Think about the skill, strength and focus that it would take to control a chariot like the one pictured on the number 7 card of the Major Arcana. When the Chariot turns up, it’s an indication that focused and forcible control is either present or required.
In the Tarot de Marseille version of this card as depicted here, the chariot is conveyed by charging horses, but in Waite’s version, they are Sphinxes, one black, and one white. It’s another of the “acolyte” cards, with a master in the background and two subservients in the foreground.
The ability to control the team, which may have a tendency to pull in different directions if left to their own will, is a key concept for this card. The Charioteer imposes their will, making sure the vehicle moves in the desired direction, and at the right speed.
Sometimes I like to think of the character as taking a victory lap, thundering through the streets with power and skill on display for the throngs to cheer.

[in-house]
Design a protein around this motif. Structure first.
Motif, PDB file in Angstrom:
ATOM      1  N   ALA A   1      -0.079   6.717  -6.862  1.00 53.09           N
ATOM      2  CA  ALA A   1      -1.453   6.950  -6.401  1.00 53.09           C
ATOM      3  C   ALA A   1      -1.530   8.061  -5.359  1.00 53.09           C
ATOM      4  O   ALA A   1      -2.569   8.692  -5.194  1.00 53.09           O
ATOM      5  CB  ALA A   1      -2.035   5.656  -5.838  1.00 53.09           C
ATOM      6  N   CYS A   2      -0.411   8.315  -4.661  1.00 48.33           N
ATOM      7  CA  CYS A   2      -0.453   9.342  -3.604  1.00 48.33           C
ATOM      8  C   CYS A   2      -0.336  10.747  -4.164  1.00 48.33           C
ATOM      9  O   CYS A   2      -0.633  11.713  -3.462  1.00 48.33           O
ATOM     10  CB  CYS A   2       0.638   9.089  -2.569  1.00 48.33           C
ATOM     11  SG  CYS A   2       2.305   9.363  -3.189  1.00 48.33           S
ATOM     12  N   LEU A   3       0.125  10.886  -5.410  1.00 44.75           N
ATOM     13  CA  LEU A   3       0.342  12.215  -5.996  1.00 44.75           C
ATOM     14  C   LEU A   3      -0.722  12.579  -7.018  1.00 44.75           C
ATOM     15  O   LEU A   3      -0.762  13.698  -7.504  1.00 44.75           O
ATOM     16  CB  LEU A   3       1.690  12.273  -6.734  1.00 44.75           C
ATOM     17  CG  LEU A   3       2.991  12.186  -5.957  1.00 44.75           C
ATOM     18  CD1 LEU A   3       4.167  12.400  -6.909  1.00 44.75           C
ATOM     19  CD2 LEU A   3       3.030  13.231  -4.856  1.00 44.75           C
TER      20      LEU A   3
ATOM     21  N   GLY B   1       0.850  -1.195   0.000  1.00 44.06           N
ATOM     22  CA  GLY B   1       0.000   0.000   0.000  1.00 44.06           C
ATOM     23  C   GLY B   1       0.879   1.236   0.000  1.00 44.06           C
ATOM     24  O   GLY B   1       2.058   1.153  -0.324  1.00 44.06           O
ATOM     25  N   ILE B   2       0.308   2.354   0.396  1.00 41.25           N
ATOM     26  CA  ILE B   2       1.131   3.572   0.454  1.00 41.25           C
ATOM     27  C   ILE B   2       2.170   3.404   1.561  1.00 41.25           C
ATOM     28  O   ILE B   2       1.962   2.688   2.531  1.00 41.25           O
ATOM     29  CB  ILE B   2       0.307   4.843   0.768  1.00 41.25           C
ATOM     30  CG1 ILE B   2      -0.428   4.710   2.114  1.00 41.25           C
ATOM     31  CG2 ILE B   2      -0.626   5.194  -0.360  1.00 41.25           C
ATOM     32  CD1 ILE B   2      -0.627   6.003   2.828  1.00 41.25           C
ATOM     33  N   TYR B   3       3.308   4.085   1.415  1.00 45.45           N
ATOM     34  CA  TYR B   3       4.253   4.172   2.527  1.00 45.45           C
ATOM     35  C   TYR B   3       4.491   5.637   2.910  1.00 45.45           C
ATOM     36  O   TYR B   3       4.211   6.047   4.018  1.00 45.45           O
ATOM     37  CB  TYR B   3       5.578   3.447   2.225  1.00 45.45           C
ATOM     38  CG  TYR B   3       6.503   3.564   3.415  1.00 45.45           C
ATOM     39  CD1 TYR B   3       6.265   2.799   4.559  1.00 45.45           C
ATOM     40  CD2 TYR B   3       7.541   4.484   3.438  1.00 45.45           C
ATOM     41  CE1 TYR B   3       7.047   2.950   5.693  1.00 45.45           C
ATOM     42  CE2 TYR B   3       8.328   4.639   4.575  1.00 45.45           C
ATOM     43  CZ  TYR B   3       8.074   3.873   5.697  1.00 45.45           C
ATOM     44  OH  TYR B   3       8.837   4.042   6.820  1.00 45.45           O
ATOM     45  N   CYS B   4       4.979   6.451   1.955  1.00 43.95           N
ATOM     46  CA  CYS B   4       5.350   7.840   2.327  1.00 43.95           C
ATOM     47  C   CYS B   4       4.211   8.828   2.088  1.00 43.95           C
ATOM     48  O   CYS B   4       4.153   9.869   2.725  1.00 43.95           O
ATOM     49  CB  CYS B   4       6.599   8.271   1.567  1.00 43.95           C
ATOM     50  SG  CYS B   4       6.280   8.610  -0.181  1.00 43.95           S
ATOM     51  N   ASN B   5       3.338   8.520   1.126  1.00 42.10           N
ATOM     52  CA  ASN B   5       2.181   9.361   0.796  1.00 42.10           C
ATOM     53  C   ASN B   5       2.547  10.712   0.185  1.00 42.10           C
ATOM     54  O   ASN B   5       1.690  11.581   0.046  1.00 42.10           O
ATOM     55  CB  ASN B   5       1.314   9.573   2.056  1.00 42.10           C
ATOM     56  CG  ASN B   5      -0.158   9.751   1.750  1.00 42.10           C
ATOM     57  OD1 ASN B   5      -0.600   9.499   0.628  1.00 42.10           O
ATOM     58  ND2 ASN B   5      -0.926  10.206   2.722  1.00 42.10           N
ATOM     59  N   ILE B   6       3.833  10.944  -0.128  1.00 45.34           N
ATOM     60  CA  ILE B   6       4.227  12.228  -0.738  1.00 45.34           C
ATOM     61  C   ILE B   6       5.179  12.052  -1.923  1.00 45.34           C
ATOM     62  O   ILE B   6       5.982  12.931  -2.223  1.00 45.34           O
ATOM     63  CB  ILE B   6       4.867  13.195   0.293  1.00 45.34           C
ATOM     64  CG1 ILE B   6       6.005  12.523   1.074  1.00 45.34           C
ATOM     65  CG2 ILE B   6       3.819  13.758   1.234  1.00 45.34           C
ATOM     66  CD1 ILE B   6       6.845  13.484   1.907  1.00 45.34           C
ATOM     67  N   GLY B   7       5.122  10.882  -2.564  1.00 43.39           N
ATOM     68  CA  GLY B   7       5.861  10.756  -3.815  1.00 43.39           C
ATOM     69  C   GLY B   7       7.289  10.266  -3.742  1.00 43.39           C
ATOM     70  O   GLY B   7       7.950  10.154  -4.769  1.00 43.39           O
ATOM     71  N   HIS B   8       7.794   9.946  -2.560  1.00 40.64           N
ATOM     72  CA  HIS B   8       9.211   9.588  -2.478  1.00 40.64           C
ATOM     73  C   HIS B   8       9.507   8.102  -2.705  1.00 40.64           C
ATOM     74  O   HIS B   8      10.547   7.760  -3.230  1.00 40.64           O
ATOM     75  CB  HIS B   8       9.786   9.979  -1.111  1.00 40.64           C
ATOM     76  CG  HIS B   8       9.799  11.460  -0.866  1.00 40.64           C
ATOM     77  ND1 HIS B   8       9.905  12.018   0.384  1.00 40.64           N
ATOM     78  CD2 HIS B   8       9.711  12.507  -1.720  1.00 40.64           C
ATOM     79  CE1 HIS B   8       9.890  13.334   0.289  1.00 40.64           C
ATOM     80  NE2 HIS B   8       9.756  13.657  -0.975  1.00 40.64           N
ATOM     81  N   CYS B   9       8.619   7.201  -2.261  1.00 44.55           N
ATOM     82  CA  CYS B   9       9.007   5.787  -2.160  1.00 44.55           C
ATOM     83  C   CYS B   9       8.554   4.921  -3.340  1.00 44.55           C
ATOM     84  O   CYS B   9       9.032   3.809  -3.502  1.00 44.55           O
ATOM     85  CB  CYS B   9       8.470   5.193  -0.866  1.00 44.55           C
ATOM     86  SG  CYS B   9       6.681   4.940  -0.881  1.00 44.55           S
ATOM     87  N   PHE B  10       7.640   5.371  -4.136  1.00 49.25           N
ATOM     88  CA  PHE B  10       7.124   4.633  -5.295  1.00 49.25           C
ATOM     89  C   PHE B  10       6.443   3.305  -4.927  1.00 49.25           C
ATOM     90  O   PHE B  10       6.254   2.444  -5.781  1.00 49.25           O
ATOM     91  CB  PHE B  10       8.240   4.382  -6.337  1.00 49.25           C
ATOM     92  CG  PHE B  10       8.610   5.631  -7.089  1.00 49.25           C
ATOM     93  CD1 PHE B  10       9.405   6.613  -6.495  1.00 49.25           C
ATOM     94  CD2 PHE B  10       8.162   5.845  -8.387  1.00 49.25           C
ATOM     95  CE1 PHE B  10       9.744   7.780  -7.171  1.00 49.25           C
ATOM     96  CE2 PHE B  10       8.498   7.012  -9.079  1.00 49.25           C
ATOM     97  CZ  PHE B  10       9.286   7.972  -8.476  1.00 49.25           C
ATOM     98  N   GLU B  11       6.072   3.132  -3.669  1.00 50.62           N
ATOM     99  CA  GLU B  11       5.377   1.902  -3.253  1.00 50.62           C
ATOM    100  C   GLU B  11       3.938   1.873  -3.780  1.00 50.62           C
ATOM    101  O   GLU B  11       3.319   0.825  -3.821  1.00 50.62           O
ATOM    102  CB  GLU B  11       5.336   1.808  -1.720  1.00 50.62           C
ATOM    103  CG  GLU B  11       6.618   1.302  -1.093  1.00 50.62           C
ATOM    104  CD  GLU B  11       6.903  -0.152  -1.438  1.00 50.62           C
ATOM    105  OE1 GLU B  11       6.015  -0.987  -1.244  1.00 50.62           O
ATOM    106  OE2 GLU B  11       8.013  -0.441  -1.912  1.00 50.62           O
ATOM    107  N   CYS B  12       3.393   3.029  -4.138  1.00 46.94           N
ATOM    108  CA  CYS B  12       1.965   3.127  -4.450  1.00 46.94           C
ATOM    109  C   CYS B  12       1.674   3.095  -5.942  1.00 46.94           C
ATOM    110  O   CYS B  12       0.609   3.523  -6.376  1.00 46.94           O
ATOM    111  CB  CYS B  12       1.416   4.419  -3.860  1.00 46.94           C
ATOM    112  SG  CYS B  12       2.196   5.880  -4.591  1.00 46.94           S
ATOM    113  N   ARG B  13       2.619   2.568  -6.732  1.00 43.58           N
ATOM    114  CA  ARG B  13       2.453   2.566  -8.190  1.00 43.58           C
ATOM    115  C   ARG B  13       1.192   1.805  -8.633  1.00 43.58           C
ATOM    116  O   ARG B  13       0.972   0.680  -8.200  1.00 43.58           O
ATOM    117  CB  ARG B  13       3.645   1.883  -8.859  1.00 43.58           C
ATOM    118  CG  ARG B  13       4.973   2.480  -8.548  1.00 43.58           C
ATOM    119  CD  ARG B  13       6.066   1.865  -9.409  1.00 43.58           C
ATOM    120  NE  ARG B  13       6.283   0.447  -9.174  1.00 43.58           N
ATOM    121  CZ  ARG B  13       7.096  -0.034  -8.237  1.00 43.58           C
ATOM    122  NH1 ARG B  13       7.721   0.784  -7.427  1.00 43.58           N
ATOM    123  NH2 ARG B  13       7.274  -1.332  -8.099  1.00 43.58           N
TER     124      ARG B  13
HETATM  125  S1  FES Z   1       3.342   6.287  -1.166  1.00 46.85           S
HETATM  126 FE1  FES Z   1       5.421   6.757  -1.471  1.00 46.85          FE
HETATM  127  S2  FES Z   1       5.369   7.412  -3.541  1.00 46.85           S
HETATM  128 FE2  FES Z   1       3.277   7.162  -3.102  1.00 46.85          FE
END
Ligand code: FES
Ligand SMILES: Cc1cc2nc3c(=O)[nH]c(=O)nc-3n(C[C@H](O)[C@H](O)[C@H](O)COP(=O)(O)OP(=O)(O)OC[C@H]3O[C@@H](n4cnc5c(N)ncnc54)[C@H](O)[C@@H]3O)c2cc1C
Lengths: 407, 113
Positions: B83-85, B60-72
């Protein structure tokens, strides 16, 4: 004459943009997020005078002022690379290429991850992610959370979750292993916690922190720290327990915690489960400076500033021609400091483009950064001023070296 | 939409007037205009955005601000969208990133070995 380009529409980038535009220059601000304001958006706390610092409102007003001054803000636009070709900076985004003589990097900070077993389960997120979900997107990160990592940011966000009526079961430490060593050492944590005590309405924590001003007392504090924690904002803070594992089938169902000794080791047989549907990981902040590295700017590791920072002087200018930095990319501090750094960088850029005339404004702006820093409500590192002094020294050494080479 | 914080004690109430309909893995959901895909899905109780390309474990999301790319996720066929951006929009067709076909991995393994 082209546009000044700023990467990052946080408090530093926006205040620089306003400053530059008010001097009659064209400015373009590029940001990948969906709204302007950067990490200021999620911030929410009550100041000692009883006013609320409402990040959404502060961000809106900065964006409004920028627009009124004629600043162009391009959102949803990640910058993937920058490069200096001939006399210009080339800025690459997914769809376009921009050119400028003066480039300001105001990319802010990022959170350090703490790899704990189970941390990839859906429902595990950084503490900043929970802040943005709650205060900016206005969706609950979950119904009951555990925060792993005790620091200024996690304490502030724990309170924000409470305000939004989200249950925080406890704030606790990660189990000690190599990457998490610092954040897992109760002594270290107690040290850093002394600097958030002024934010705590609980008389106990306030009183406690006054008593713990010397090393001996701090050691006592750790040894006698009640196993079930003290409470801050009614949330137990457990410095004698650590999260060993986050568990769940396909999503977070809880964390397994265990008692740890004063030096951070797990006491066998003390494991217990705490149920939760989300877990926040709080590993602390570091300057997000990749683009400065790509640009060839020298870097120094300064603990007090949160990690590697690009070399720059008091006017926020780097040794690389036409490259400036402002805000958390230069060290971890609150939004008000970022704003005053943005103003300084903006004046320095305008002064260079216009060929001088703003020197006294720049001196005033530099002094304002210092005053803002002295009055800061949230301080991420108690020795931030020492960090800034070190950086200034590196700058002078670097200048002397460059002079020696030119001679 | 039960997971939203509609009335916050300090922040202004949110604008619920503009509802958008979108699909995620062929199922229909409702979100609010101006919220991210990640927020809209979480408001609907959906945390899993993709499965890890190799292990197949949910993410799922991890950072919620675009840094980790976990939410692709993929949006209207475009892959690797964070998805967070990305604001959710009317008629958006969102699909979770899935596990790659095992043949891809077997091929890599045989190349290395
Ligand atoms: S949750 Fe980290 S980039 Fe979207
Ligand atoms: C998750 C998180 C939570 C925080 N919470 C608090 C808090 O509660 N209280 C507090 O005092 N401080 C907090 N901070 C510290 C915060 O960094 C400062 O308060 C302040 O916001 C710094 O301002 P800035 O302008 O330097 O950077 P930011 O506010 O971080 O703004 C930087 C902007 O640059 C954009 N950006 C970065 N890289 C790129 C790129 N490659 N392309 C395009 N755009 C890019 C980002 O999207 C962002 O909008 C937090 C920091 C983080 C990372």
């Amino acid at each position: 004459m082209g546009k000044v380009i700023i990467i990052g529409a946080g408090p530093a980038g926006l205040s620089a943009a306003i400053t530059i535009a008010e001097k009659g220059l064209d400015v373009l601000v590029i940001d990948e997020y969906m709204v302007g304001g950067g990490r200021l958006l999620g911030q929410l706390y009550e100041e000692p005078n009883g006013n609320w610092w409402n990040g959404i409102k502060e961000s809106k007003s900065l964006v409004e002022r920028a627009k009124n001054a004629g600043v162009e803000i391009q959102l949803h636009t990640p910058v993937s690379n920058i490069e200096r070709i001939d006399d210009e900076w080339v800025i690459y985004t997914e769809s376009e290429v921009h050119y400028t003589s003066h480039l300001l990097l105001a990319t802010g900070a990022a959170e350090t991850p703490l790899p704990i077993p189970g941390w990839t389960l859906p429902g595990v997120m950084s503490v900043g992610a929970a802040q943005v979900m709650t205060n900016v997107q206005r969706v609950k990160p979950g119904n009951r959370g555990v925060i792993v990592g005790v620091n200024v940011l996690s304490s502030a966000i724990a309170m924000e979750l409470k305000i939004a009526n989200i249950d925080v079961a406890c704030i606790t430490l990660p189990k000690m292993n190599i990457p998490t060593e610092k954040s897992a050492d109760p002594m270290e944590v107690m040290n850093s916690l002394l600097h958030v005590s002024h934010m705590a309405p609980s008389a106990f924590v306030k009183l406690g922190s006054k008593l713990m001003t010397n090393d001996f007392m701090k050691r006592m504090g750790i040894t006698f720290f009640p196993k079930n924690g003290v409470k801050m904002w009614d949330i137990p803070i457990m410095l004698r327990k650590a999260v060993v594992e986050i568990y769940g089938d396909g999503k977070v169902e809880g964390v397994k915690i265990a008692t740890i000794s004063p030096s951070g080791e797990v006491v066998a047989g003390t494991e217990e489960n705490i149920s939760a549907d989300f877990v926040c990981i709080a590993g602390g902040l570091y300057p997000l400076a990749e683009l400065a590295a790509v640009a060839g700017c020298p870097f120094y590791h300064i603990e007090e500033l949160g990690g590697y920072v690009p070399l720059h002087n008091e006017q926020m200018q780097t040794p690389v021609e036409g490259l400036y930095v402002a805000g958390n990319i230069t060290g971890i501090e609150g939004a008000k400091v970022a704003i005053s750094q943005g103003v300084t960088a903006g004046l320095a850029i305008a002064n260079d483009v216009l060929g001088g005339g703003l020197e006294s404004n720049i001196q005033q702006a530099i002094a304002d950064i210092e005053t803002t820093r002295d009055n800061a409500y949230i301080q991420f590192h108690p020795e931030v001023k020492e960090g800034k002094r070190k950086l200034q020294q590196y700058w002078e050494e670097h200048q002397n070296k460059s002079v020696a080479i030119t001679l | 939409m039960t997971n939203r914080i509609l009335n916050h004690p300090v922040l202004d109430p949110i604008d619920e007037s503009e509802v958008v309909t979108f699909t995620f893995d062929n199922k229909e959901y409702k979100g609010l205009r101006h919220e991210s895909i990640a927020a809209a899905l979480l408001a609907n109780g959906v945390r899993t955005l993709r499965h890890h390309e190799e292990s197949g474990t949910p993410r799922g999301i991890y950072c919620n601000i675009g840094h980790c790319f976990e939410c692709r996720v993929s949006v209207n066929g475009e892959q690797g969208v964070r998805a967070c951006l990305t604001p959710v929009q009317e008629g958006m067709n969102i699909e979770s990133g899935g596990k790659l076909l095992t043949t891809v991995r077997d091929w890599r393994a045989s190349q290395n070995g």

This card can represent external or internal control. You could attribute any duality you’d like to the chargers. For instance, if the horses are mind and body, the card represents mastery of self.
When this card turns up for me, I scan around for examples of forced control in myself or my environment, or for situations where it may be needed. Is it time to “whip something into shape” or “force the issue?” Or perhaps I’m pushing too hard on some issue and I need to relax my grip a bit. It’s another of those cards where context and discernment are paramount.
As an interesting side note on this card, you may notice that the version in the photo above has the initials “VP” on the chariot’s shield. These are for “Vincent Pitisci” who created this particular Tarot of Marseille deck. Other card makers over the years have used their initials as well. Waite’s version of the card has a winged shield, with the Lingam and Yoni (symbols of the Hindu deities Shiva and Shakti) on it.
In the historic Nicholas Conver deck, we see the initials “VT” which some have interpreted to mean “Victor Templarius,” a reference to the Knights of Solomon’s Temple. As explained on the Tarot History forums, it is more likely that Conver simply borrowed or “inherited” the image from Veuve Toulon, another cardmaker.
This card turned up for me this morning apropos of a day where I was achieving some things that I’ve been working on for awhile, both in my personal life and on the job. I’ll go take my victory lap now. 🙂
Leave a Reply